Salaries and wages grew by 4 percent in 2021, their greatest yearly gain since 2001, the U.S. labor department reported, as employers competed for scarce workers during the Great Resignation.
Pay is increasing across the economy, from restaurants boosting wages to, or above, $15 an hour and investment banks paying six figures to hire financial newbies fresh out of college.
Wages at U.S. restaurants have grown by 10 percent, according to The Wall Street Journal, with higher wages contributing to McDonald’s restaurants’ average 6-percent menu price increase.
Airplane manufacturers and their suppliers have boosted pay more than 7 percent, the WSJ found.
Businesses’ labor costs rose 1 percent in 2021’s final quarter compared to 1.2 percent in the quarter before, hinting that the labor shortage might be easing and pay stabilizing, the WSJ noted.
The U.S. Federal Reserve, as well as many investors, now consider the labor market to be at, or close to, full employment, with the jobless rate edging under 4 percent.
However, the economy is supporting 16 percent fewer jobs than before the COVID virus arrived, meaning that the labor force itself has shrunk.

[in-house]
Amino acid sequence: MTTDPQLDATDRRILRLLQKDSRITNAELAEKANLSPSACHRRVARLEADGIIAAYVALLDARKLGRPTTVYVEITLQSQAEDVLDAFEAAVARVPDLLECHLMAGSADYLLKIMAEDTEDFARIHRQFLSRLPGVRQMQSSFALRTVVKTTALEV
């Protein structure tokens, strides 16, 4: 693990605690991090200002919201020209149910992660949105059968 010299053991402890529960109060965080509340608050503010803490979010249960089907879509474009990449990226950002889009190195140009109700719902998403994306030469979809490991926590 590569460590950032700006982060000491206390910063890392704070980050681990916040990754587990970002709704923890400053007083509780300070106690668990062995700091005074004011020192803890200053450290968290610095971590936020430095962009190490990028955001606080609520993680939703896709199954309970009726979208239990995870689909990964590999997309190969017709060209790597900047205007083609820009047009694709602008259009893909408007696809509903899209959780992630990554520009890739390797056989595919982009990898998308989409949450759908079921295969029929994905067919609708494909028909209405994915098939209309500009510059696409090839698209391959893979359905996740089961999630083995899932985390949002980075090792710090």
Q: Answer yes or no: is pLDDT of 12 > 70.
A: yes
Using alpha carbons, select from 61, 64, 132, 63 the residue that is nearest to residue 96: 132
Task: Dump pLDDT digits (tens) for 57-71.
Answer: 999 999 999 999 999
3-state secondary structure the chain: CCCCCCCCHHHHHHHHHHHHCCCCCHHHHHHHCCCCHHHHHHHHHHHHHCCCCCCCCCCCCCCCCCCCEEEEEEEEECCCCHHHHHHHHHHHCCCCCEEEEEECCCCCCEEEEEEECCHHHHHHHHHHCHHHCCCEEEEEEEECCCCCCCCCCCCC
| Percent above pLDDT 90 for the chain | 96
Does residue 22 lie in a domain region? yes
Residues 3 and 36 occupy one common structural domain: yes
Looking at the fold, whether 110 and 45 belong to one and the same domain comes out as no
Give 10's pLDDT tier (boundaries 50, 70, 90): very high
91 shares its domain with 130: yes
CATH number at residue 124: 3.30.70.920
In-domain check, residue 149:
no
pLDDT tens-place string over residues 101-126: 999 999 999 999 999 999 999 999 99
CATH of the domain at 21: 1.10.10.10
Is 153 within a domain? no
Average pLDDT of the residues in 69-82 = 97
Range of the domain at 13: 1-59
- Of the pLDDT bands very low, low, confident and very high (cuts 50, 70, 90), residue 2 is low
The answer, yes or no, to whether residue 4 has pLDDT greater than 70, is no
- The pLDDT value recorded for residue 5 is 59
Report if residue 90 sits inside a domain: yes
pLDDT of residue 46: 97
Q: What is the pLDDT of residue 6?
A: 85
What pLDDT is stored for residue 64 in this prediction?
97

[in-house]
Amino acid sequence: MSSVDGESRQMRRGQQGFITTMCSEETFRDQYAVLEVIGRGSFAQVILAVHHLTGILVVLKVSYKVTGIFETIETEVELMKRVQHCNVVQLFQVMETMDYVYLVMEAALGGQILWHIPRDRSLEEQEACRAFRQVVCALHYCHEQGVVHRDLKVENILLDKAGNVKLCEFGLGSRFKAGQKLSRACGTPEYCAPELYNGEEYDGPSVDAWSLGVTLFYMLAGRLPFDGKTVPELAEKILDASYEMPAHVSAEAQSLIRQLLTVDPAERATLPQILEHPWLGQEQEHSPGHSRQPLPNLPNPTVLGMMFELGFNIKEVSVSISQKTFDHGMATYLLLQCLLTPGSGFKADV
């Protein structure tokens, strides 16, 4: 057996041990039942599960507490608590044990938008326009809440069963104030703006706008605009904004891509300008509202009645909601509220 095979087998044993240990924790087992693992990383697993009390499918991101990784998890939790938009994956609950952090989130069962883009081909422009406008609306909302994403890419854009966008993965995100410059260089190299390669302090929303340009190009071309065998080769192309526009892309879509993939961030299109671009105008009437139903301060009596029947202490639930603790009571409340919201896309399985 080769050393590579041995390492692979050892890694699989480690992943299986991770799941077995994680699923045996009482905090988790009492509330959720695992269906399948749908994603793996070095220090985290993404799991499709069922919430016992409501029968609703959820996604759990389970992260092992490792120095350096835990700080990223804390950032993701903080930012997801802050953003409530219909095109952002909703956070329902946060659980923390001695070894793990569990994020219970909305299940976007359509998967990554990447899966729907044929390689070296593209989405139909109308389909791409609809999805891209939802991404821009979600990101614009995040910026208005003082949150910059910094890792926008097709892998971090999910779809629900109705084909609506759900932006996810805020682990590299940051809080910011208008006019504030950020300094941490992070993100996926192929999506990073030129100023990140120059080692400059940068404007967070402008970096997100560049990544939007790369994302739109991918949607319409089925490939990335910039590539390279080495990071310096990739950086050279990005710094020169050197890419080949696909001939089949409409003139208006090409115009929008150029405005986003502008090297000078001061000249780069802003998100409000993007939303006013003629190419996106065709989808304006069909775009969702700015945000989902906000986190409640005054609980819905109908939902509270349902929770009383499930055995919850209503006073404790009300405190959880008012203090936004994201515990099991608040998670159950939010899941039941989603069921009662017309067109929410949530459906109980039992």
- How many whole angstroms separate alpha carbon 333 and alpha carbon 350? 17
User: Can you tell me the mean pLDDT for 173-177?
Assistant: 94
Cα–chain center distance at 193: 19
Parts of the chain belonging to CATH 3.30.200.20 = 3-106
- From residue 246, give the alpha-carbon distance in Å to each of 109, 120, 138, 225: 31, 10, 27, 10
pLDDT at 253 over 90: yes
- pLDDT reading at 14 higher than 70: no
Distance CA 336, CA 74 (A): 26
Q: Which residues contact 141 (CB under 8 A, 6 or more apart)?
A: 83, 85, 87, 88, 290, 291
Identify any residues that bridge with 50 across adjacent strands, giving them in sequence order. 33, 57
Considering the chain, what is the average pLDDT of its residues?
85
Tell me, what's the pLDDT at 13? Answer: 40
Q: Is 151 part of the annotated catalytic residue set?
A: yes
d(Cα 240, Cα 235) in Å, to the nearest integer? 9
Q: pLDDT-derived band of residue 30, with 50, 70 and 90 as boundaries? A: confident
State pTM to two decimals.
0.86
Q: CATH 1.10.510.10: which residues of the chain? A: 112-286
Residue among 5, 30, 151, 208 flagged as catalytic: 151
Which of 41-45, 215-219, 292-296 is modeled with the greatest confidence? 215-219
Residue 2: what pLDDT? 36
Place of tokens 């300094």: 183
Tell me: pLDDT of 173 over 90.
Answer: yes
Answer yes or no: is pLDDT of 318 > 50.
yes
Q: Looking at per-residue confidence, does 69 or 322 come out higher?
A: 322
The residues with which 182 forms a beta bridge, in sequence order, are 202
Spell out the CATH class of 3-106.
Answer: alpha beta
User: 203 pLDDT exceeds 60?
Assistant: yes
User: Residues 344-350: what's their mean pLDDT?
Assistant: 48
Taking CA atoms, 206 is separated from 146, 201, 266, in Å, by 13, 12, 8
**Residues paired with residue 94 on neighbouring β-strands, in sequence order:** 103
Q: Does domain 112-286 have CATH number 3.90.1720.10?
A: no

TREND FORECAST: The labor market may be stabilizing. If it is, employers will feel less of an urge to raise wages, or at least to raise them less than they have already.
Workers’ pay already lags inflation, even considering 2021’s record wage bump. According to seasonally adjusted data published by the Labor Department, considering the rate of inflation, the average worker got a 2.4 percent pay cut last year. 
We forecast this disparity will worsen as employers ease-up on wage hikes while inflation keeps rising. 
This in turn will put downward pressure on consumer spending which comprises 70 percent of America’s Gross Domestic Product. 

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